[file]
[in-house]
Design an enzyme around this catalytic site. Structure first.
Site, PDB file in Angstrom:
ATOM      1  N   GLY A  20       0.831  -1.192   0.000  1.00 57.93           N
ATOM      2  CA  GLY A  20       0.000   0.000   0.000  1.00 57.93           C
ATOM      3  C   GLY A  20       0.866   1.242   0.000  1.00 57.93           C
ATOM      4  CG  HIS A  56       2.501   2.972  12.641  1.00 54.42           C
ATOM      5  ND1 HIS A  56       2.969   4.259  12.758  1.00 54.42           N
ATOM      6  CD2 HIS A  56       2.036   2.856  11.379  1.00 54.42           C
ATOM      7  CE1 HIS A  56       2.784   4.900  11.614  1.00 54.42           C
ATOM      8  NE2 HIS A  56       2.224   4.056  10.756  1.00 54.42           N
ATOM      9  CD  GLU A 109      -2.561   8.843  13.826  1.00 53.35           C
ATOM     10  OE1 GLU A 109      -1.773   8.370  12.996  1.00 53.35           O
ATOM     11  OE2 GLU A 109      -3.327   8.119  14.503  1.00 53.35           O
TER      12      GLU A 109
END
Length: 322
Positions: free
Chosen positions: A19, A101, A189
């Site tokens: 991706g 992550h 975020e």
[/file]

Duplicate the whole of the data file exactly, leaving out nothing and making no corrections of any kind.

[in-house]
Design an enzyme around this catalytic site. Structure first.
Site, PDB file in Angstrom:
ATOM      1  N   GLY A  20       0.831  -1.192   0.000  1.00 57.93           N
ATOM      2  CA  GLY A  20       0.000   0.000   0.000  1.00 57.93           C
ATOM      3  C   GLY A  20       0.866   1.242   0.000  1.00 57.93           C
ATOM      4  CG  HIS A  56       2.501   2.972  12.641  1.00 54.42           C
ATOM      5  ND1 HIS A  56       2.969   4.259  12.758  1.00 54.42           N
ATOM      6  CD2 HIS A  56       2.036   2.856  11.379  1.00 54.42           C
ATOM      7  CE1 HIS A  56       2.784   4.900  11.614  1.00 54.42           C
ATOM      8  NE2 HIS A  56       2.224   4.056  10.756  1.00 54.42           N
ATOM      9  CD  GLU A 109      -2.561   8.843  13.826  1.00 53.35           C
ATOM     10  OE1 GLU A 109      -1.773   8.370  12.996  1.00 53.35           O
ATOM     11  OE2 GLU A 109      -3.327   8.119  14.503  1.00 53.35           O
TER      12      GLU A 109
END
Length: 322
Positions: free
Chosen positions: A19, A101, A189
């Site tokens: 991706g 992550h 975020e």